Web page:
Magazine article Drug Topics

R.Ph.S under Critical Media Eye

Magazine article Drug Topics

R.Ph.S under Critical Media Eye

Article excerpt

If pharmacists seemed invisible to the lay news media at times last year, they've been discovered in 1995. And so far. it does not seem to be a pretty picture.

On Jan. 4, ABC-TV's "Prime Time Live" used hidden cameras to document what it said were dispensing errors and counseling omissions in community pharmacies. Anchor Diane Sawyer said that five out of 100 prescriptions the show presented to pharmacies "were filled wrong" and that one-third of the pharmacists did not offer to counsel.

The day before the ABC broadcast, the New York Post reported that in four of 16 drugstores its correspondent visited in New York City, pharmacists were "diagnosing illnesses and selling prescription medicine without a doctor's prescription."

And that same week, U.S. News & World Report came out with a cover story, "What your doctor may not know: The undisclosed side effects of some prescription drugs could hurt or even kill you." While not critical of pharmacists, the article did little to reassure the customer about the products they sell.

Only last summer, two major newspapers and a television network ran stories on pharmacists and pharmacy issues that contained no statements at all from pharmacists or their associations (see Drug Topics, Aug. 22). Many pharmacists may be longing to be undiscovered.

Results not surprising

ABC used Kenneth N. Barker, head of the department of pharmacy care systems at Auburn University and an authority on medication errors, to design and evaluate its study.

Barker told Drug Topics that he was not surprised by the results, which were consistent with the 3%-4% error rate he had found in previous studies of outpatient hospital pharmacies. He said that community pharmacies are often poorly designed and that pharmacists are frequently interrupted by phones, patients, and clerks. "The situation in which they work has a number of factors in it that involve distractions, and you should not be surprised that there are mistakes," Baxter said.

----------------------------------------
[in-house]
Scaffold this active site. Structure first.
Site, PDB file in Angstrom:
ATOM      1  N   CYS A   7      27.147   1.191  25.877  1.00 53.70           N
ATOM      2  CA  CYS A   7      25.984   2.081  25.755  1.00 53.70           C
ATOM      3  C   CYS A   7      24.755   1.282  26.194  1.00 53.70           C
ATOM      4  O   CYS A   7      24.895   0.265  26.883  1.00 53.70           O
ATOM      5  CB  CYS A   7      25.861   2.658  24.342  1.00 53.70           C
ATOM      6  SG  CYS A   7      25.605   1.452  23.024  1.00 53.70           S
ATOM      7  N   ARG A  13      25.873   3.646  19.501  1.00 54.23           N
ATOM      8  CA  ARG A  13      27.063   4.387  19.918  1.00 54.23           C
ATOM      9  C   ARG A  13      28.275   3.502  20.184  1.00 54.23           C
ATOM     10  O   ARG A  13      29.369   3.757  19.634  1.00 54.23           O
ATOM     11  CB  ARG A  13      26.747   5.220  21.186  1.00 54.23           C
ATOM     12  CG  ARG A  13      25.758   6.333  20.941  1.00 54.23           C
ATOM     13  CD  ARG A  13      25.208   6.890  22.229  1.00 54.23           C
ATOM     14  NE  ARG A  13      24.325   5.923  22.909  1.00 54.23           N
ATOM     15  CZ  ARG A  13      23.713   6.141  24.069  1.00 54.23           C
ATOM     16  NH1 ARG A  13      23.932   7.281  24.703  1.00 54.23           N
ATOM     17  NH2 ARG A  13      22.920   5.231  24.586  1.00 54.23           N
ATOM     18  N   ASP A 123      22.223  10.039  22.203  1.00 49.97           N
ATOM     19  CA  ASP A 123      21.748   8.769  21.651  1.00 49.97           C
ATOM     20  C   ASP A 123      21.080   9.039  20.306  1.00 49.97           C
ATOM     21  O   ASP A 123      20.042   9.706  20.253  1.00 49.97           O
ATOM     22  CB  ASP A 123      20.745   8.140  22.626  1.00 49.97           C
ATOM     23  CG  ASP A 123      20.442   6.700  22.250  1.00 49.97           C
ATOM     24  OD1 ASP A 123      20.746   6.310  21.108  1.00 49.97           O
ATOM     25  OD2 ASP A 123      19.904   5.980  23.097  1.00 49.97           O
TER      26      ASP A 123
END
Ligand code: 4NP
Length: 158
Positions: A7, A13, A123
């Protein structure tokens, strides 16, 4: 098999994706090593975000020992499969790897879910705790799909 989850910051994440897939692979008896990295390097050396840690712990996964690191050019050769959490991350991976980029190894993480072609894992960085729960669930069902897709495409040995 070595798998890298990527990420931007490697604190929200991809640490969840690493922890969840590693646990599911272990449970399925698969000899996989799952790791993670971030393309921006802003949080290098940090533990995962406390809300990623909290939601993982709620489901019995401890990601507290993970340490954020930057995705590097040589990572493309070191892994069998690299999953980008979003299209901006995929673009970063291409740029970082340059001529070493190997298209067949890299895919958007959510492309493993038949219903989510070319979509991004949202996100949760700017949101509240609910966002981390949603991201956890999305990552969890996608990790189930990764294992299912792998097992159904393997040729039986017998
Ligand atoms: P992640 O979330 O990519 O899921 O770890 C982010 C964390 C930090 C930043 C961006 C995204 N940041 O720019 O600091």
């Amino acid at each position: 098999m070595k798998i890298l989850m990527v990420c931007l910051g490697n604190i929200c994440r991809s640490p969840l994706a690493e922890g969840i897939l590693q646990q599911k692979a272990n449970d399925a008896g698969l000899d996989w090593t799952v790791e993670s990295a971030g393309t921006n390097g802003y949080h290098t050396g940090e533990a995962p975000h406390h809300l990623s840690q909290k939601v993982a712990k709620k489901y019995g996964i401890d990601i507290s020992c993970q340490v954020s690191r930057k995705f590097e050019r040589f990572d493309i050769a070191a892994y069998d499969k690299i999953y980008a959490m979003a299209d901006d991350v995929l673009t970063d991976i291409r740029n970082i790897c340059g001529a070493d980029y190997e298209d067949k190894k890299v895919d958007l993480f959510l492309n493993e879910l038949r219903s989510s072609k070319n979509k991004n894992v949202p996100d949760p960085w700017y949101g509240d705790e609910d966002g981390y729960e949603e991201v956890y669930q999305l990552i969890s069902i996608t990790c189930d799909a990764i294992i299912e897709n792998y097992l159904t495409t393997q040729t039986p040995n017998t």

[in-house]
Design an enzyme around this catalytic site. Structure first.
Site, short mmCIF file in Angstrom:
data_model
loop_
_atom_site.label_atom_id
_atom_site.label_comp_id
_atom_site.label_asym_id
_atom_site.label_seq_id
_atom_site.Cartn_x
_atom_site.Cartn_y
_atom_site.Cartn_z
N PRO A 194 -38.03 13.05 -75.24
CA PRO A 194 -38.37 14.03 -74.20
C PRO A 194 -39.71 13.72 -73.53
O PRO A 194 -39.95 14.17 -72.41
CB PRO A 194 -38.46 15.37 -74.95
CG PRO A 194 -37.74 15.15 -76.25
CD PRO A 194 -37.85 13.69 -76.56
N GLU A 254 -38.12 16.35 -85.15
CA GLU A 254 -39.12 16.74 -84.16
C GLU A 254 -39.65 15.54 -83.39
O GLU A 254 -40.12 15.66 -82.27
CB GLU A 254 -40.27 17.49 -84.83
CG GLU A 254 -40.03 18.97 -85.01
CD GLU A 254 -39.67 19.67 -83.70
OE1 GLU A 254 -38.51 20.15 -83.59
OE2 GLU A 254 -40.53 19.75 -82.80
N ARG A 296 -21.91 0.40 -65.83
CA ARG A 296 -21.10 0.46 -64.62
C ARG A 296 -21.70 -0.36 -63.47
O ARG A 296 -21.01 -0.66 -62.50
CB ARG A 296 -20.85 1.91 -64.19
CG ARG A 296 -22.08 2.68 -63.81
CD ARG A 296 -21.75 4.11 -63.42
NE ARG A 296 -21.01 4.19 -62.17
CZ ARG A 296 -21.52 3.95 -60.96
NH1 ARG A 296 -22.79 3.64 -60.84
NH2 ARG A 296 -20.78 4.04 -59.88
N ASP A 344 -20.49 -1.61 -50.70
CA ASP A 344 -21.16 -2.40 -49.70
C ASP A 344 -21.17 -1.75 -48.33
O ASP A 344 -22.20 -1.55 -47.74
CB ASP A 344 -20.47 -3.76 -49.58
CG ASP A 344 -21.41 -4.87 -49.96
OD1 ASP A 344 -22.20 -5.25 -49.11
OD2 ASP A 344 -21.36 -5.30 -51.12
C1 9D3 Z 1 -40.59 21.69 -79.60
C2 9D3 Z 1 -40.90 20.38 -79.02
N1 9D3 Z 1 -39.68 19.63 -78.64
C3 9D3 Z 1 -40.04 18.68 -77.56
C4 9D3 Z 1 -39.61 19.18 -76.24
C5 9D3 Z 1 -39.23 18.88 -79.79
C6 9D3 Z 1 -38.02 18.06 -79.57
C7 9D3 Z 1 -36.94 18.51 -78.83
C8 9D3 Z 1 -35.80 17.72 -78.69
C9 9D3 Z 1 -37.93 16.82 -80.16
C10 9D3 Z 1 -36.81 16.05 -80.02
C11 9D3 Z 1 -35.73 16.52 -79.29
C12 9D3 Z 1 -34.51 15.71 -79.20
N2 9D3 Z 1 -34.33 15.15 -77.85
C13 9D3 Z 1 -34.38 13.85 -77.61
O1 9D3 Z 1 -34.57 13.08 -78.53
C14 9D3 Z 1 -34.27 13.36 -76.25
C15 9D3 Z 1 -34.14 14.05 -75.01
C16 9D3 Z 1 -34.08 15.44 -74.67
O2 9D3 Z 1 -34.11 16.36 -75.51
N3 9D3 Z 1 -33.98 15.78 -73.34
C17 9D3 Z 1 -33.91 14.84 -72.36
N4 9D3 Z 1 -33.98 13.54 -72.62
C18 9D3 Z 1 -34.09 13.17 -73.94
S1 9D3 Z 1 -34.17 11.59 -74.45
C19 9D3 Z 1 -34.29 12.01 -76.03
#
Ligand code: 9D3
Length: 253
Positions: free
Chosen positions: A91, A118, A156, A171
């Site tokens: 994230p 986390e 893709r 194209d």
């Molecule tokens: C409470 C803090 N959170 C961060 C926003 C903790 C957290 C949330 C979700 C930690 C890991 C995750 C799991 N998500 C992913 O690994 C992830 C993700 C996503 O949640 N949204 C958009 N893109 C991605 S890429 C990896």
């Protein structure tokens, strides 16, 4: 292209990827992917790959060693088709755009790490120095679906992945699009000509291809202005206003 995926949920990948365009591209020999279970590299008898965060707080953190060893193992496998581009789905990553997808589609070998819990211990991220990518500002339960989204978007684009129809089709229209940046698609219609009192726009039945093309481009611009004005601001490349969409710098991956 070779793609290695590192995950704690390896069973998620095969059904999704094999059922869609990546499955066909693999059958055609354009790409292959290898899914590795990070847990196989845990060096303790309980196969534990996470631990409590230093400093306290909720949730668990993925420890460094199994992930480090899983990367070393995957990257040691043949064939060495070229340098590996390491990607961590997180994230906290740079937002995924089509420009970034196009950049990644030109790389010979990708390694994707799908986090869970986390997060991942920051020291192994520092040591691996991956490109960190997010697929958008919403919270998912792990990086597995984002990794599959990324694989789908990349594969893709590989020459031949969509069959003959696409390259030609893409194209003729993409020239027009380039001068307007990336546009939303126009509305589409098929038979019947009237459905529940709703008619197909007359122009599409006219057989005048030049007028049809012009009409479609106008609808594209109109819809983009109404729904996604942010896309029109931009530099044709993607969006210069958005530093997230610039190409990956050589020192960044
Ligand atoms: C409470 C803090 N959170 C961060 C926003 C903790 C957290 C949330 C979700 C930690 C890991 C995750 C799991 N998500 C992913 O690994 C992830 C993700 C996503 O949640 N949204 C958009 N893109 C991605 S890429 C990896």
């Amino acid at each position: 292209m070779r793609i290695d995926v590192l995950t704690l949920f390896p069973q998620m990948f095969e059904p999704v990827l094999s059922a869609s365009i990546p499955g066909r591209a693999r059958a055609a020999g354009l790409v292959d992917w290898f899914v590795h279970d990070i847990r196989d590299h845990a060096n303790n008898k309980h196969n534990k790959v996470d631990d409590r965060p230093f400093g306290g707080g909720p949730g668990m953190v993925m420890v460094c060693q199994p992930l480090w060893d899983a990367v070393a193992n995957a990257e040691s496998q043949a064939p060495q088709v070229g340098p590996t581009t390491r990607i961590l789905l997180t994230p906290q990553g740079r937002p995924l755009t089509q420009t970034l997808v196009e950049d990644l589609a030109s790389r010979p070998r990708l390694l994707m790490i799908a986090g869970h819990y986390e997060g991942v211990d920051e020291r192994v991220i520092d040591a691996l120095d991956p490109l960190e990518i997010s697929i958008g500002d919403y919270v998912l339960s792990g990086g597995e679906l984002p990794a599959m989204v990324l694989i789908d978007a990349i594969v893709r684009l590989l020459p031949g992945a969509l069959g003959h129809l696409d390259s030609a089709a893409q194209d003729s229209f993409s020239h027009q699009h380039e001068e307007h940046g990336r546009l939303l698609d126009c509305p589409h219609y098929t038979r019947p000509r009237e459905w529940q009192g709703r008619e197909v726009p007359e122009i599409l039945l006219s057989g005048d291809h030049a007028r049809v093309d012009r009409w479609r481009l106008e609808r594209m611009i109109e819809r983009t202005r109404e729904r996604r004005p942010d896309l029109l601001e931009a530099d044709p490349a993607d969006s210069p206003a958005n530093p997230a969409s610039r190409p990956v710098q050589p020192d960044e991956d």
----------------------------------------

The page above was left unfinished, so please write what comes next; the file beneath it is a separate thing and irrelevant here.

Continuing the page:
Michael Cohen, cofounder of the nonprofit Institute for Safe Medication Practices, agreed that interruptions and environmental factors are a problem and that they are "frequently beyond the individual pharmacist's control."

Cohen said that, in his opinion, the "end point of blame focused on the pharmacist" without ever mentioning some of the product problems that contribute to errors--among them, similar names, labels, or packaging.

The TV study found four dispensing mistakes and one case of illegal generic substitution out of 100 prescriptions involving either Coumadin (warfarin), Theo-Dur (theophylline), or Tegretol (carbamazepine). Sawyer estimated that, at that rate, there were over 274,000 prescription errors daily. "Pharmacists we spoke with all over the country agree that for every one mistake we hear about, there are thousands more," Sawyer said.

Human error

The mistakes filmed by hidden TV cameras involved a Kmart pharmacist in New Jersey, who dispensed Coumadin with instructions on the label for one tablet daily instead of every other day--as was indicated on the prescription--and a Kmart pharmacist in Florida, who dispensed an underdose of Theo-Dur.

Mary Lorencz, manager of public and issues communications for Kmart Corp., acknowledged to Drug Topics that the two prescriptions were incorrectly filled. But, Lorencz went on to say, the 56 million prescriptions that Kmart pharmacists fill annually are representative of the trust the public places in them. …

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